Alwaght- Political and economic consequences are an inseparable part of any crisis or natural disaster like flood, drought, and earthquake. In the war-torn Syria, despite government’s shortcomings for management of crisis in the earthquake-hit regions and destruction of a large part of the country’s infrastructure by the devastating decade-long war, the Western countries have refrained from sending aids and lifting the sanctions.
Although, The US has issued a so-called six-month sanctions exemption for transactions related to providing disaster relief to Syria after earthquakes killed more than 22,000 people, Peter Ford, former British Ambassador to Syria and Bahrain, believes that "The so-called waiver of US sanctions for "earthquake relief" does nothing to ease these key sanctions, and very little to ease financial sanctions. The waiver is a cynical propaganda ploy."
"The sanctions on oil products and electricity generating equipment are the most damaging, hindering all attempts at rescue and recovery."
According to Peter Ford," Western governments and media focus on suffering in the areas controlled by non-government forces diverts attention from the immense damage in government controlled areas, which the West wants to ignore because it reminds everybody of sanctions."
Ford, who is an expert on the West Asia, says that the US sanctions against Syria initially were designed to weaken the Arab country as it faced Western-backed Islamist insurgents. But, according to Ford, the sanctions clearly that failed because the Syrian government succeeded in pushing back the insurgents.
"More recently the objective of sanctions has become to cause such intense suffering among the population that a new uprising is provoked. All this has done however is to increase suffering while failing to generate any popular movement against the government. It has also backfired by producing sympathy for Syria in Arab countries, now intensified as a result of the earthquake."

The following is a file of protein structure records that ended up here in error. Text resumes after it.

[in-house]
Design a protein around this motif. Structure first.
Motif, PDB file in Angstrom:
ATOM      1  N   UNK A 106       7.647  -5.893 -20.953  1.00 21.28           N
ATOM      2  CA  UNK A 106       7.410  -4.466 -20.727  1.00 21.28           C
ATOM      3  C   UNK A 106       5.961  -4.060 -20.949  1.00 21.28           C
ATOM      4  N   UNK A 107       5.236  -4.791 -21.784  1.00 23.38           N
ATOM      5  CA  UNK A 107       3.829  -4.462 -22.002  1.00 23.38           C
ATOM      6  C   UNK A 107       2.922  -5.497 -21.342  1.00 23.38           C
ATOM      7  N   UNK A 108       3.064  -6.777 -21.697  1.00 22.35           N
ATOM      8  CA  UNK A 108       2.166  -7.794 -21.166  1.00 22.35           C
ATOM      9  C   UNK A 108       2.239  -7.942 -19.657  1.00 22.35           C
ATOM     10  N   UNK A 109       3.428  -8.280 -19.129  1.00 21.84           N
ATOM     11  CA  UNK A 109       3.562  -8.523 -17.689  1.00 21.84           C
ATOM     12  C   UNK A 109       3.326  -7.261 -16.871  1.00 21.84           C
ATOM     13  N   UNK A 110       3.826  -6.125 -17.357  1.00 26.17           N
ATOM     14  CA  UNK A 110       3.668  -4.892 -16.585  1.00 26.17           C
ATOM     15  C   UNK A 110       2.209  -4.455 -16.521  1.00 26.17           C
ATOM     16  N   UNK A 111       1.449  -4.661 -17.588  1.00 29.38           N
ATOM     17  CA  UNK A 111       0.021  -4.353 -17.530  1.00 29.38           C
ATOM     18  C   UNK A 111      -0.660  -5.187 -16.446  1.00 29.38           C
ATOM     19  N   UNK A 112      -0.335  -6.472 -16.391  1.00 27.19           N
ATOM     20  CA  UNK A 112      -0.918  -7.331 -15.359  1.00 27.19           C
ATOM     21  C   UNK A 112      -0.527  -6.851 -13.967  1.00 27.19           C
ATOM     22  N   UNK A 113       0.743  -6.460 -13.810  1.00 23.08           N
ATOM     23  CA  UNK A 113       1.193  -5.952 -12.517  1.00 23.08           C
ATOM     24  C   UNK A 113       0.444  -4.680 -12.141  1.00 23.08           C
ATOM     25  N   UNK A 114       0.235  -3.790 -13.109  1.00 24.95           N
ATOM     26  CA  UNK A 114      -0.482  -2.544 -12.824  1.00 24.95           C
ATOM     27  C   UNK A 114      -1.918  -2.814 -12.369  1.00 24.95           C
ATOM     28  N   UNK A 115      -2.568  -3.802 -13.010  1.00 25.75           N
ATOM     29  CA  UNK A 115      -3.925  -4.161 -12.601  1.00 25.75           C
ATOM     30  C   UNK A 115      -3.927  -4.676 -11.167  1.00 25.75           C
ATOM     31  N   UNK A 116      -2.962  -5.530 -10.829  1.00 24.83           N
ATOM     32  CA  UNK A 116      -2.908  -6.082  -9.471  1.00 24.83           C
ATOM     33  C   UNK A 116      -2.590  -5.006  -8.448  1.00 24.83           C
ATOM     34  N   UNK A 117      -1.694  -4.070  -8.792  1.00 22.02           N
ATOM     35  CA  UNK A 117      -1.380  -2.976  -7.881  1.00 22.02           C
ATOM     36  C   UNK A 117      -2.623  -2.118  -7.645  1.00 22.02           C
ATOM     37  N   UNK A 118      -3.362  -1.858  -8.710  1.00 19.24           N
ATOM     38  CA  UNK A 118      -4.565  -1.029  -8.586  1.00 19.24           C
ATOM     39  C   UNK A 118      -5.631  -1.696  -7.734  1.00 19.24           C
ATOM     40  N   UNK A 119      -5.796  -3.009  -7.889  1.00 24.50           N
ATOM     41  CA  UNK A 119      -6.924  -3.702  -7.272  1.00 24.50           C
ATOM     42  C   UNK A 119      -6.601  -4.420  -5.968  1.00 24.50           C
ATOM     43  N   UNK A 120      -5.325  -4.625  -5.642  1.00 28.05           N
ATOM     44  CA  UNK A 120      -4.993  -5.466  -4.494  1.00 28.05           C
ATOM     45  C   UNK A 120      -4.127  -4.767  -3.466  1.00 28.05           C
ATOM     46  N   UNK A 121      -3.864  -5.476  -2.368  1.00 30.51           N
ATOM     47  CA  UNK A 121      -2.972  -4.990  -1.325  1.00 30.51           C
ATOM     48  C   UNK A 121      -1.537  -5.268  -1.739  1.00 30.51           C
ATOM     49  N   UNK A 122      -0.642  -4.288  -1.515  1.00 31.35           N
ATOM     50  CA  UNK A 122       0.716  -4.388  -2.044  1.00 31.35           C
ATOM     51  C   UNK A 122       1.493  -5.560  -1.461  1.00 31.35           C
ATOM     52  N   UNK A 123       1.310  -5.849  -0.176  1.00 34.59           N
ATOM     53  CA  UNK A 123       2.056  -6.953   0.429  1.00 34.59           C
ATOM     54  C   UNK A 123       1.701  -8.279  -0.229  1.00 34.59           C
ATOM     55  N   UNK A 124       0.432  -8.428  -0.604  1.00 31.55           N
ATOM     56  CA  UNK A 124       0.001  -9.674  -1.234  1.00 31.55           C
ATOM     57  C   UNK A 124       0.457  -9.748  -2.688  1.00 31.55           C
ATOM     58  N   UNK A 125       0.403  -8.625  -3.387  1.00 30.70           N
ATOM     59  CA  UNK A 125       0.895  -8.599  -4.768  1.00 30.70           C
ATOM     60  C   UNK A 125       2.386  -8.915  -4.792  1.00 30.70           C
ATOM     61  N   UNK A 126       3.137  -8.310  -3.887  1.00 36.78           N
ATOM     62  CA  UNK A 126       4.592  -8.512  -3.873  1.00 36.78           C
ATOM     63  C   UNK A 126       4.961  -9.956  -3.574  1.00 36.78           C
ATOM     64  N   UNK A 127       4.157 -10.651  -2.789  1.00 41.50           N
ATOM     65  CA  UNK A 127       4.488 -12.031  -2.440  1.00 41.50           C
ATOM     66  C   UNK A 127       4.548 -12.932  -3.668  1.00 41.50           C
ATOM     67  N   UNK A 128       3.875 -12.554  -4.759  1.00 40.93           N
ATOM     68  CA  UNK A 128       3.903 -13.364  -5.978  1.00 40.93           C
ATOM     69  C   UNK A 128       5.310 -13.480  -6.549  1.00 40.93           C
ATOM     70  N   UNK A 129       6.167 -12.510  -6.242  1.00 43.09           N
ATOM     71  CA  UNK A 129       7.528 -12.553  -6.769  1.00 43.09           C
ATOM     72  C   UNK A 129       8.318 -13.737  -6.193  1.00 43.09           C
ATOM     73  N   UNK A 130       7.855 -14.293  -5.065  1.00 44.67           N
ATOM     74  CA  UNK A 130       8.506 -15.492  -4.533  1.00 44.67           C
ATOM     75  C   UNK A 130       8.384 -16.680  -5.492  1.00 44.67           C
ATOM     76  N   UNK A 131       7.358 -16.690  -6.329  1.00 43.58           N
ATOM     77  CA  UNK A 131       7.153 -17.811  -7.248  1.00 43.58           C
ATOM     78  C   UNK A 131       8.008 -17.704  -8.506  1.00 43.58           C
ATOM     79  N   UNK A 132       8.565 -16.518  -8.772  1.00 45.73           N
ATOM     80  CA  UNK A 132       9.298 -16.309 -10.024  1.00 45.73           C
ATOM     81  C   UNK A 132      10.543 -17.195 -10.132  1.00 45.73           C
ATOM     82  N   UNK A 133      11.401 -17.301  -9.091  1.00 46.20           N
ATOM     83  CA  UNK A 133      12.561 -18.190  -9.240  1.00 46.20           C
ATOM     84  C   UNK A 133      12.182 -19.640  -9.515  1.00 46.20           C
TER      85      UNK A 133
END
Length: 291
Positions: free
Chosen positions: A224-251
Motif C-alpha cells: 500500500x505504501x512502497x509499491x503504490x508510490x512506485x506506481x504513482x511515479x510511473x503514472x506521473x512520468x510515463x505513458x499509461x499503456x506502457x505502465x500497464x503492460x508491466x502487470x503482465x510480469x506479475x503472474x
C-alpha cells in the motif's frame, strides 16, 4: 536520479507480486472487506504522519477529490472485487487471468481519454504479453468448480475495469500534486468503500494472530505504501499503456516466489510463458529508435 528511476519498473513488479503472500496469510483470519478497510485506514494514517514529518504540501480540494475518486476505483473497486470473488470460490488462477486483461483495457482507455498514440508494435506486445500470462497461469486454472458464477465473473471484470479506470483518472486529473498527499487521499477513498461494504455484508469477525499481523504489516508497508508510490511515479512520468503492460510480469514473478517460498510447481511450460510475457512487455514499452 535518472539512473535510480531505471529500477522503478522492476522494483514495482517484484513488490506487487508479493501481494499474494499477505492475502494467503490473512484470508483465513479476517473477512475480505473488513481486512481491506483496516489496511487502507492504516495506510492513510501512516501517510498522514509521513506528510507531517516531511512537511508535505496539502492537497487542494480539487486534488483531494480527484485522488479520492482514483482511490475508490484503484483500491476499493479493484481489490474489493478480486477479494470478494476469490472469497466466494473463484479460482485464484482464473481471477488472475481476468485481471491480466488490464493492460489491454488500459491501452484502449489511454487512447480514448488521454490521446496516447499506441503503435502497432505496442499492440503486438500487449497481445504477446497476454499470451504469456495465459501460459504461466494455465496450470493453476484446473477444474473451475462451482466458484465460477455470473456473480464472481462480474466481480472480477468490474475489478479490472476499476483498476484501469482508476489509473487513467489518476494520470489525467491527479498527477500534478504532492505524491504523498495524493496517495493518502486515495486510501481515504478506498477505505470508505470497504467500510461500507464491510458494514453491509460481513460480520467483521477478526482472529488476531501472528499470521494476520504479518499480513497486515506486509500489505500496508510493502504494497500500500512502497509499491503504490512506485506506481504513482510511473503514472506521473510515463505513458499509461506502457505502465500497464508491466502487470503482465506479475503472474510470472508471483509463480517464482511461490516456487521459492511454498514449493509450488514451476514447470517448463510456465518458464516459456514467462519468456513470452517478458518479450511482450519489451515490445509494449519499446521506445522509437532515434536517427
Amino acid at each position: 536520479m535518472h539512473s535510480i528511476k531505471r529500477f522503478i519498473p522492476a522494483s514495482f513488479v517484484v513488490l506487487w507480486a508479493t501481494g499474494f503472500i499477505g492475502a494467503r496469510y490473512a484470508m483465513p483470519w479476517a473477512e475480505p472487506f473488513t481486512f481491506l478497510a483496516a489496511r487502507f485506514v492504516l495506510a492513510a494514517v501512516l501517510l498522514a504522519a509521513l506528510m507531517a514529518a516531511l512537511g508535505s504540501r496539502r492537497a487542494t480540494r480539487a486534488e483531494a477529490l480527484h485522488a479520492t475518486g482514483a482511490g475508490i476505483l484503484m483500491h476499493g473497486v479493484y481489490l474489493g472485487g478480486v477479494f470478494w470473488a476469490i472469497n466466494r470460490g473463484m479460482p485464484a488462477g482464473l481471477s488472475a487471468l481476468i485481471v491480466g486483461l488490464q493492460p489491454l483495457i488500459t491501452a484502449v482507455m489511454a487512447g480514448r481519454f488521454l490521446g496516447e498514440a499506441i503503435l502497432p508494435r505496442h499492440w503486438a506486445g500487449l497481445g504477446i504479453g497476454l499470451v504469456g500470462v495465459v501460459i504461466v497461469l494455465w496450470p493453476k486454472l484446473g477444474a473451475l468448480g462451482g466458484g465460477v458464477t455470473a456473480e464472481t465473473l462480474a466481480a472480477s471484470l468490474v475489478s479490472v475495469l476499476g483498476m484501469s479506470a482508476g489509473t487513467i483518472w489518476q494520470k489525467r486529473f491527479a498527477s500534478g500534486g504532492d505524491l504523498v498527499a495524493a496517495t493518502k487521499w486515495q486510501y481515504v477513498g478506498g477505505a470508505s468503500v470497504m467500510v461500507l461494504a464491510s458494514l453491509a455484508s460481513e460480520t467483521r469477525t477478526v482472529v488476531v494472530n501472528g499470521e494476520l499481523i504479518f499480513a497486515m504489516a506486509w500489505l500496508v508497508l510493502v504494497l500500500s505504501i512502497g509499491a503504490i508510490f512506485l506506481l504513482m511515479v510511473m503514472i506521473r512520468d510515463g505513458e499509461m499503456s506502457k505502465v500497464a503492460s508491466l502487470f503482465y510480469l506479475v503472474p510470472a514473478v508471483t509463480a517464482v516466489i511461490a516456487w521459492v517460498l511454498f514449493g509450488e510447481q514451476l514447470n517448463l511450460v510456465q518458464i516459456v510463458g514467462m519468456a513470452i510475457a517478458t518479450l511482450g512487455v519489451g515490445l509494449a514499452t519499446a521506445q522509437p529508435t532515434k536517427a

Commenting on US sanctions consequences for war-torn Syria's economy, former British diplomat says "the economy of any country experiencing over a decade of conflict would be fragile. Piling sanctions on to this situation has made it much worse and made recovery harder. The miracle is that Syria has not totally collapsed, and this is in large part due to assistance from Iran and Russia.
Regarding US sanction's effects on Syrian healthcare, ford believes "sanctions have impacted heavily on Syrian healthcare. Not only has it become difficult to obtain medical equipment because financial sanctions make any bank transactions impossible but sanctions on oil products and electricity generating equipment make it difficult to operate hospitals and ambulances."
In general, US sanctions on Syria have been heavier than any sanctions in history, including sanctions on Iraq which reportedly caused over 500,000 deaths. And this coming on top of an externally-directed and supported insurgency as well as foreign invasions and occupations, Peter Ford concludes.